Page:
I am a software dev in a medium size company. We work with a few people remotely (in a different EU country). We used to have the following people:

  • 1 CTO
  • 2 agile coaches (1 of them being a PO as well which I think it's excessive for an agile company of this size)
  • 1 architect (non hands-on)
  • 1 Scrum master
  • 1 PO (additional to the PO - coached?)
  • 6 devs
  • 3 testers
  • 2 devops

Now, after some changes we have:

  • 1 CTO
  • 1 PO of POs (accross 2 teams)
  • 1 PO (for the team I am working on)
  • 1 scrum master
  • 1 scrum master (remote)
  • 1 developers manager (line)

and the same amount of hands on people

  • 6 devs
  • 3 testers
  • 2 devops

The questions are:

  • Isn't management a bit too much?
  • How much management would such a formation need? Here there are factors such as, there are more than 1 teams in the company (with their respective managers) but CTO, lead PO and Line manager are across all teams.

By the way, we haven't ship anything for almost 1 year now, though it seems like something is about to happen.

EDIT: So, as an amusing update to this, the CTO of the company has left...

  • 2
    The question you've asked is very localized; any answer would have relevance only to you. Furthermore the question is subjective; any opinion is a valid response. Could you rewrite the question, perhaps something along the lines of "How does one measure the effectiveness of management?" "Where is the ROI on management? Questions that would be useful to others, but would provide you the information you need to make a change in your environment.
    – MCW
    Jun 21, 2013 at 10:46
  • Good point, I'll try editing it.
    – dqm
    Jun 21, 2013 at 10:55
  • 2
    dqm - what you see is bureacracy taking roots. The scary stuff is that it has the potential to erode and divert all or nearly all of your profits, and suck morale out of the employees. Jun 22, 2013 at 18:22

4 Answers 4


This reads like a span of control question. There are a lot of theories and schools of thought behind this problem, and they all have merits and issues. This problem remains an issue when designing your organization and, likely, there really is not true single answer or rule of thumb. In fact, it might detrimental to try to find a one-size-fits-all solution.

You are balancing the effectiveness of a supervisor's ability to supervise with the cost of the layers of management.

I think your best approach is to ask and answer these types of questions: where are the employees located, dispersed or local; what are the capabilities of the employees and supervisor; what is the complexity of the task; how much admin burden exists; are employees matrixed to other tasks; is your organization mature in its operational or project capabilities? There are a ton more questions to ask and answer.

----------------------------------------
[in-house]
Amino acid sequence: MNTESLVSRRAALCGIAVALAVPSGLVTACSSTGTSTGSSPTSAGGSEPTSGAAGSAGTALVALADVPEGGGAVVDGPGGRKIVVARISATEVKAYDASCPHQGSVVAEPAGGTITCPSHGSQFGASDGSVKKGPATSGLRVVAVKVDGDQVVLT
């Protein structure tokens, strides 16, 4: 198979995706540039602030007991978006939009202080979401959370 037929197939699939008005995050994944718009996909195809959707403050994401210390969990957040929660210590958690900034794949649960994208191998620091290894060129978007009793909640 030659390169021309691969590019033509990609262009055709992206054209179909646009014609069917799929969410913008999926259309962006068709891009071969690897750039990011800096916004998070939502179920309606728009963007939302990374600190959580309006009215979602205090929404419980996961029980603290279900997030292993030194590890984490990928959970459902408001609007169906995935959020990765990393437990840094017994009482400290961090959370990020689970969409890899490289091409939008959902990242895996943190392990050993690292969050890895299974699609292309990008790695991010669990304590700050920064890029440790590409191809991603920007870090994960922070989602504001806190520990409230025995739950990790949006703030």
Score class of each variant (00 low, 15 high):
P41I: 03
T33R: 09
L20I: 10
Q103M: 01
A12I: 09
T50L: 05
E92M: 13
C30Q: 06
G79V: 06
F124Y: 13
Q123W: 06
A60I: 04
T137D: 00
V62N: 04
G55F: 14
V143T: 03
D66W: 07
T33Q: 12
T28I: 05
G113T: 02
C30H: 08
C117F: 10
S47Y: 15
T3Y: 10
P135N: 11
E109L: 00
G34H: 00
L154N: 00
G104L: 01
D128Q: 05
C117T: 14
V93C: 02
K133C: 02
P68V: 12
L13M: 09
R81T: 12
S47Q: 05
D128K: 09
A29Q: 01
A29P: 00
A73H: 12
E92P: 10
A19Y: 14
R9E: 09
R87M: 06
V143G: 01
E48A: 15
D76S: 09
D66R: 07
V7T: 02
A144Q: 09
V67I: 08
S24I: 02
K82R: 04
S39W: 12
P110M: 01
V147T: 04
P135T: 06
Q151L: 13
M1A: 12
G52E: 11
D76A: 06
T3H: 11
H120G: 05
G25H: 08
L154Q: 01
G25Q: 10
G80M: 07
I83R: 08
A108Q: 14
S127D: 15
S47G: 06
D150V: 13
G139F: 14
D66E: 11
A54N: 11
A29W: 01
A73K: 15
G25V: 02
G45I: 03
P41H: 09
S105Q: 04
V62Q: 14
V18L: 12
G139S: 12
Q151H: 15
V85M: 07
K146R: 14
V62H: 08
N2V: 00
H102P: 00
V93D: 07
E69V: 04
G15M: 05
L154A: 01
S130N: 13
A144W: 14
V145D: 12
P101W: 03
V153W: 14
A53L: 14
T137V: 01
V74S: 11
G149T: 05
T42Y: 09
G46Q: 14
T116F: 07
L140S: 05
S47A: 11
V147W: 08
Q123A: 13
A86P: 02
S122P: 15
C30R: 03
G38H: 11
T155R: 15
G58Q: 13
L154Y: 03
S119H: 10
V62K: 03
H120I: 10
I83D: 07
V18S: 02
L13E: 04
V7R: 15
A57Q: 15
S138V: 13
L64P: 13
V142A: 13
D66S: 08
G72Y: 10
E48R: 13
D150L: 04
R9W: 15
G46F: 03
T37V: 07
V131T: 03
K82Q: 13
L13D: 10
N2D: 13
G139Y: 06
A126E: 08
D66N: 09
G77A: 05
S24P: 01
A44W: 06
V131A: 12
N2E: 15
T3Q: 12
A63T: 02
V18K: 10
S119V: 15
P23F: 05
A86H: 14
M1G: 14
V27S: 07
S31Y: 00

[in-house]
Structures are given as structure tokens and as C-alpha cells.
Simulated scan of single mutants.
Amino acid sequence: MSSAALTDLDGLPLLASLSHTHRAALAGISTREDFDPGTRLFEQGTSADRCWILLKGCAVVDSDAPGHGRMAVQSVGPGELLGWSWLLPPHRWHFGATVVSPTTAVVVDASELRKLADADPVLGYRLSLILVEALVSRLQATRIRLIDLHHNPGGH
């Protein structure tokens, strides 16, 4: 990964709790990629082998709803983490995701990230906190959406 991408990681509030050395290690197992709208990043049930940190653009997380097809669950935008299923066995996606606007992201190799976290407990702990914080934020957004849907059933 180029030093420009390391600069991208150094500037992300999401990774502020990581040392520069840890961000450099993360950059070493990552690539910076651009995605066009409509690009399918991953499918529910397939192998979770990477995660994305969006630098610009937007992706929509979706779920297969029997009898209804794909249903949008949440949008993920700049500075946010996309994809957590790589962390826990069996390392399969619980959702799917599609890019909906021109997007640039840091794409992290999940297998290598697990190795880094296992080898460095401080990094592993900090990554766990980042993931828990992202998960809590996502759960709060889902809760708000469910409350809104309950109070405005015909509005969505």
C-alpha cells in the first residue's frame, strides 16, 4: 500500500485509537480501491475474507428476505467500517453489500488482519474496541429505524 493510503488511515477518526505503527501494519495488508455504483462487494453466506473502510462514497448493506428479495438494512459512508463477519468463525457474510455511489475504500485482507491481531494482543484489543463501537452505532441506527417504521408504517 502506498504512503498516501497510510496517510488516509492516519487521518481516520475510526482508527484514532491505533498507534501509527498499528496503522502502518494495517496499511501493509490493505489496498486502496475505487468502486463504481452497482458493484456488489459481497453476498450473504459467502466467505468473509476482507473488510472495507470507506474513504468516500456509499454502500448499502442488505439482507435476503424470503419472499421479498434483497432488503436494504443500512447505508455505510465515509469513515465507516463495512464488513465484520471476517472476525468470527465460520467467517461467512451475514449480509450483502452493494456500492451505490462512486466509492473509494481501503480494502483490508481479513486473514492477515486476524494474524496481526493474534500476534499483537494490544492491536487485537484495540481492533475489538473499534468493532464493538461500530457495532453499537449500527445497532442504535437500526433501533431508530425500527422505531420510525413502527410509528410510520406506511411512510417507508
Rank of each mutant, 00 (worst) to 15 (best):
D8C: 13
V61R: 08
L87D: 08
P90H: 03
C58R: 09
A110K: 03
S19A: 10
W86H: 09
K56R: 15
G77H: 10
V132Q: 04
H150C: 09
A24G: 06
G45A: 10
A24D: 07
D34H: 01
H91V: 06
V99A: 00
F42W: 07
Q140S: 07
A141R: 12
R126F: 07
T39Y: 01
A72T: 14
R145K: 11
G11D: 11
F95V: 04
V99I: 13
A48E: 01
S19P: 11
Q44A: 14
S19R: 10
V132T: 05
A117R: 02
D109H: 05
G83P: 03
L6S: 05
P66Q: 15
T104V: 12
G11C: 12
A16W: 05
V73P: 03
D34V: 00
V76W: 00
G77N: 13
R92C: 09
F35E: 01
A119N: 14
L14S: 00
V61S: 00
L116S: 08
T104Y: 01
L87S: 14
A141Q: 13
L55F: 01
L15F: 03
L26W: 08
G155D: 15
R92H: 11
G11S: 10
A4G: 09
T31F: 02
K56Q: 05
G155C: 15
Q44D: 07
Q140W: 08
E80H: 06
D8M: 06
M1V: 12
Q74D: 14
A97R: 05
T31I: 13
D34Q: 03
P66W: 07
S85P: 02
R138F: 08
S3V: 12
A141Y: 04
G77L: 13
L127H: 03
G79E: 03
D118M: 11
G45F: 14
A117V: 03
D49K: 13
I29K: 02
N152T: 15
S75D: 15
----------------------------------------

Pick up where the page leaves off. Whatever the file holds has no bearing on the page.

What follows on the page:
And no matter what choice you end up choosing, you will still have costs, risks, and penalties with which to cope. And the benefits of your choice could change over time where a re-org could be indicated. So remain flexible and agile because rigidity can destroy the organization.


It seems to me that you have managers for a 40 people department but only 10 techincal elements.

Strictly speaking you need:

  • Someone needs to line manage (CTO?)
  • Someone needs to be in charge of the product (a single PO)

All the rest should be developers. QA can be done by devs, Ops can be done by devs, Scrum Mastering can be done by devs.

Keep in mind that six devs is a mini-team that almost doesn't need any management!

Of course, strictly speaking this is a personal opinion, but I've been there (with similar issues) and I am not surprised you are not delivering...


Look at the roles you have concern with.

CTO - your big boss and I assume that he / she will have other people reporting into him/her other than these people. e.g. infrastructure, support, whatever.

PO - Your customer so this individual does not fit into the team 1 PO (proxy) - Sounds like your customer needs a little help on the functional side of things as there is to much work for him/her.

Scrum Masters - They are not managers and by the sounds of it they may not be doing a great job if you (as a dev) have to come into a public forum to discuss this and not be able to discuss this openly in a retrospective.

1 developers manager (line) - Sounds like the CTO may have his/her hands full and feels the need to employ a dev manager to deal with the day-to-day management of a development team.

Next, I have to be a bit brutal here as you are only a software dev. Unless you have shares in the business, this is not your risk to take, but instead it is that of the shareholders and the executive management and the people they choose to help manage the business. Your CTO gets paid to make that kind of decision and if you feel that the decision may be wrong, then by all means speak to them to get the facts.

The only thing wrong that I see here is that perhaps the new structure, roles has been poorly communicated to the team.


I would rather ask you and other developers in your company how this amount of management help you in day to day work. If all of them are helpful - for example by removing impediments and protecting teams before being interrupted it's OK. But if all of this managers distracting teams when they are trying to do their job... well it means that it's not working as good as it can.

Answer depends on your context so none here will tell you what is better.

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